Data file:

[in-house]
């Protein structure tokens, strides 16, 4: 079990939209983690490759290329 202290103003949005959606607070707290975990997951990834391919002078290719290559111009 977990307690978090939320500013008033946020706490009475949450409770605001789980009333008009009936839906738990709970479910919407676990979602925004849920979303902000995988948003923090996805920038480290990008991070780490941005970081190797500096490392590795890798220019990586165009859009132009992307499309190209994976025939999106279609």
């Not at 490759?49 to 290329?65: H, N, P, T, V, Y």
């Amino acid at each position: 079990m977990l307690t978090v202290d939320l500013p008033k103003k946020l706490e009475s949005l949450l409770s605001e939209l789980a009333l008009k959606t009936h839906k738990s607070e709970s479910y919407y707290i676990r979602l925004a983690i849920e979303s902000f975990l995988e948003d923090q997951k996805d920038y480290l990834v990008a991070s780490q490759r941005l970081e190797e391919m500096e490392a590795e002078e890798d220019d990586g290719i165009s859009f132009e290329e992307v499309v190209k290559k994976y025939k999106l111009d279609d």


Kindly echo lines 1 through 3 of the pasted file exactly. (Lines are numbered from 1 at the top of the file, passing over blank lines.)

[in-house]
């Protein structure tokens, strides 16, 4: 079990939209983690490759290329 202290103003949005959606607070707290975990997951990834391919002078290719290559111009 977990307690978090939320500013008033946020706490009475949450409770605001789980009333008009009936839906738990709970479910919407676990979602925004849920979303902000995988948003923090996805920038480290990008991070780490941005970081190797500096490392590795890798220019990586165009859009132009992307499309190209994976025939999106279609």
């Not at 490759?49 to 290329?65: H, N, P, T, V, Y």